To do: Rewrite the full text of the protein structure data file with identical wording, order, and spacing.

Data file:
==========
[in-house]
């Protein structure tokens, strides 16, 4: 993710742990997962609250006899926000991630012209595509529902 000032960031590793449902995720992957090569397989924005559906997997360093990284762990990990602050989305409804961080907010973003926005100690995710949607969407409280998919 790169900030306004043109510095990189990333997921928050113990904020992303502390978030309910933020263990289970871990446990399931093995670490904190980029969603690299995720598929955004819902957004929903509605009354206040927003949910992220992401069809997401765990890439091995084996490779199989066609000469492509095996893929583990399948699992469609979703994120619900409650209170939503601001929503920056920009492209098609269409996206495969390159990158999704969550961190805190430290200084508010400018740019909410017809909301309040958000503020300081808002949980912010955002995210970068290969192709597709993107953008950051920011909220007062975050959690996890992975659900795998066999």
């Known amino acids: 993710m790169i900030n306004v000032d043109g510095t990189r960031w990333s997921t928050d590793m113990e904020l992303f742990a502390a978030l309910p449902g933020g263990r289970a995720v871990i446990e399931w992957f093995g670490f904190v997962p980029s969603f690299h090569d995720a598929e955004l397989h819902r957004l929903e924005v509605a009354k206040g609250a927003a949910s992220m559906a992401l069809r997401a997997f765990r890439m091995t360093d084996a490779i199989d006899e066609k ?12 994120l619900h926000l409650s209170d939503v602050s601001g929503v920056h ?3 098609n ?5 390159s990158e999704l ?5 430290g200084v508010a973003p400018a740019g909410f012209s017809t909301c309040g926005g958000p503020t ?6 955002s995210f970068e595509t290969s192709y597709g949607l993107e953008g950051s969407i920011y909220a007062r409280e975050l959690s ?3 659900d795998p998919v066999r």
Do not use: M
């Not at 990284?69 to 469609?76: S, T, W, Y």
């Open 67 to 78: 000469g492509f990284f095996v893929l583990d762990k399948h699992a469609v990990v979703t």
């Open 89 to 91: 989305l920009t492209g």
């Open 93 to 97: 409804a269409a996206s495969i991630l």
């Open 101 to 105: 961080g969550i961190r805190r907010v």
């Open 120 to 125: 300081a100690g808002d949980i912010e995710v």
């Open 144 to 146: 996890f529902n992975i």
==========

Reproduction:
[in-house]
């Protein structure tokens, strides 16, 4: 993710742990997962609250006899926000991630012209595509529902 000032960031590793449902995720992957090569397989924005559906997997360093990284762990990990602050989305409804961080907010973003926005100690995710949607969407409280998919 790169900030306004043109510095990189990333997921928050113990904020992303502390978030309910933020263990289970871990446990399931093995670490904190980029969603690299995720598929955004819902957004929903509605009354206040927003949910992220992401069809997401765990890439091995084996490779199989066609000469492509095996893929583990399948699992469609979703994120619900409650209170939503601001929503920056920009492209098609269409996206495969390159990158999704969550961190805190430290200084508010400018740019909410017809909301309040958000503020300081808002949980912010955002995210970068290969192709597709993107953008950051920011909220007062975050959690996890992975659900795998066999």
């Known amino acids: 993710m790169i900030n306004v000032d043109g510095t990189r960031w990333s997921t928050d590793m113990e904020l992303f742990a502390a978030l309910p449902g933020g263990r289970a995720v871990i446990e399931w992957f093995g670490f904190v997962p980029s969603f690299h090569d995720a598929e955004l397989h819902r957004l929903e924005v509605a009354k206040g609250a927003a949910s992220m559906a992401l069809r997401a997997f765990r890439m091995t360093d084996a490779i199989d006899e066609k ?12 994120l619900h926000l409650s209170d939503v602050s601001g929503v920056h ?3 098609n ?5 390159s990158e999704l ?5 430290g200084v508010a973003p400018a740019g909410f012209s017809t909301c309040g926005g958000p503020t ?6 955002s995210f970068e595509t290969s192709y597709g949607l993107e953008g950051s969407i920011y909220a007062r409280e975050l959690s ?3 659900d795998p998919v066999r």
Do not use: M
């Not at 990284?69 to 469609?76: S, T, W, Y």
């Open 67 to 78: 000469g492509f990284f095996v893929l583990d762990k399948h699992a469609v990990v979703t």
């Open 89 to 91: 989305l920009t492209g």
């Open 93 to 97: 409804a269409a996206s495969i991630l």
């Open 101 to 105: 961080g969550i961190r805190r907010v």
């Open 120 to 125: 300081a100690g808002d949980i912010e995710v």
């Open 144 to 146: 996890f529902n992975i």